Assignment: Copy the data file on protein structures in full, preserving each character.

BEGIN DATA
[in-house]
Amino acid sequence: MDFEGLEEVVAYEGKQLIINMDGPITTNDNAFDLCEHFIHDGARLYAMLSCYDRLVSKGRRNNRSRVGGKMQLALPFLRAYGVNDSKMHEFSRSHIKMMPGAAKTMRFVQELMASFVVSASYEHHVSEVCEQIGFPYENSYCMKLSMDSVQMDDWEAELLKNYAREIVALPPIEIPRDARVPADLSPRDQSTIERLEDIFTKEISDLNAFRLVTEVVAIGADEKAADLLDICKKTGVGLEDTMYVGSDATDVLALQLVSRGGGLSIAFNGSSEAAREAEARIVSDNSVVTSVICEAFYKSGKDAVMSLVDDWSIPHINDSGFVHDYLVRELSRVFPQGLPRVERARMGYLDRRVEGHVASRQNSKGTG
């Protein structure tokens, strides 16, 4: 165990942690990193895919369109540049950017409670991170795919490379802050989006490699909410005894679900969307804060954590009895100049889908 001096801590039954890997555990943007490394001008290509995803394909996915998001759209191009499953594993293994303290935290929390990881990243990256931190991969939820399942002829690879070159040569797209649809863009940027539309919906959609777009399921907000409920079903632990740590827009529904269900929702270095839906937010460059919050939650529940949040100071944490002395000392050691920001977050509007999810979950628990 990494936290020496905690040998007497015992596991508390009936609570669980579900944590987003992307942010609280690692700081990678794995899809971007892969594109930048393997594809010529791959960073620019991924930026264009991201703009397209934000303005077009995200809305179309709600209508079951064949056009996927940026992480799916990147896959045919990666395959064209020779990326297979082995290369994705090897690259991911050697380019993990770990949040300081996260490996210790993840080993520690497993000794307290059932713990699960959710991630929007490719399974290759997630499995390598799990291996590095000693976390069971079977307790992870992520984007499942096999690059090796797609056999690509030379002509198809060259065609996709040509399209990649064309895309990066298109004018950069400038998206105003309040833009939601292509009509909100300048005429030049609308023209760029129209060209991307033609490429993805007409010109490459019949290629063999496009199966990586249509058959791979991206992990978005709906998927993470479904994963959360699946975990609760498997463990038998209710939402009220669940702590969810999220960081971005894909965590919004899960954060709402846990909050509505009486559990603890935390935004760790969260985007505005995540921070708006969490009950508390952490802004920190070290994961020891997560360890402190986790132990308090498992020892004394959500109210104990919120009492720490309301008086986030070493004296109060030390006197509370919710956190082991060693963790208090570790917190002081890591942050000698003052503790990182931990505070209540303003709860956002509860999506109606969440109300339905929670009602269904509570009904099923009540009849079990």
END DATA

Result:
[in-house]
Amino acid sequence: MDFEGLEEVVAYEGKQLIINMDGPITTNDNAFDLCEHFIHDGARLYAMLSCYDRLVSKGRRNNRSRVGGKMQLALPFLRAYGVNDSKMHEFSRSHIKMMPGAAKTMRFVQELMASFVVSASYEHHVSEVCEQIGFPYENSYCMKLSMDSVQMDDWEAELLKNYAREIVALPPIEIPRDARVPADLSPRDQSTIERLEDIFTKEISDLNAFRLVTEVVAIGADEKAADLLDICKKTGVGLEDTMYVGSDATDVLALQLVSRGGGLSIAFNGSSEAAREAEARIVSDNSVVTSVICEAFYKSGKDAVMSLVDDWSIPHINDSGFVHDYLVRELSRVFPQGLPRVERARMGYLDRRVEGHVASRQNSKGTG
């Protein structure tokens, strides 16, 4: 165990942690990193895919369109540049950017409670991170795919490379802050989006490699909410005894679900969307804060954590009895100049889908 001096801590039954890997555990943007490394001008290509995803394909996915998001759209191009499953594993293994303290935290929390990881990243990256931190991969939820399942002829690879070159040569797209649809863009940027539309919906959609777009399921907000409920079903632990740590827009529904269900929702270095839906937010460059919050939650529940949040100071944490002395000392050691920001977050509007999810979950628990 990494936290020496905690040998007497015992596991508390009936609570669980579900944590987003992307942010609280690692700081990678794995899809971007892969594109930048393997594809010529791959960073620019991924930026264009991201703009397209934000303005077009995200809305179309709600209508079951064949056009996927940026992480799916990147896959045919990666395959064209020779990326297979082995290369994705090897690259991911050697380019993990770990949040300081996260490996210790993840080993520690497993000794307290059932713990699960959710991630929007490719399974290759997630499995390598799990291996590095000693976390069971079977307790992870992520984007499942096999690059090796797609056999690509030379002509198809060259065609996709040509399209990649064309895309990066298109004018950069400038998206105003309040833009939601292509009509909100300048005429030049609308023209760029129209060209991307033609490429993805007409010109490459019949290629063999496009199966990586249509058959791979991206992990978005709906998927993470479904994963959360699946975990609760498997463990038998209710939402009220669940702590969810999220960081971005894909965590919004899960954060709402846990909050509505009486559990603890935390935004760790969260985007505005995540921070708006969490009950508390952490802004920190070290994961020891997560360890402190986790132990308090498992020892004394959500109210104990919120009492720490309301008086986030070493004296109060030390006197509370919710956190082991060693963790208090570790917190002081890591942050000698003052503790990182931990505070209540303003709860956002509860999506109606969440109300339905929670009602269904509570009904099923009540009849079990």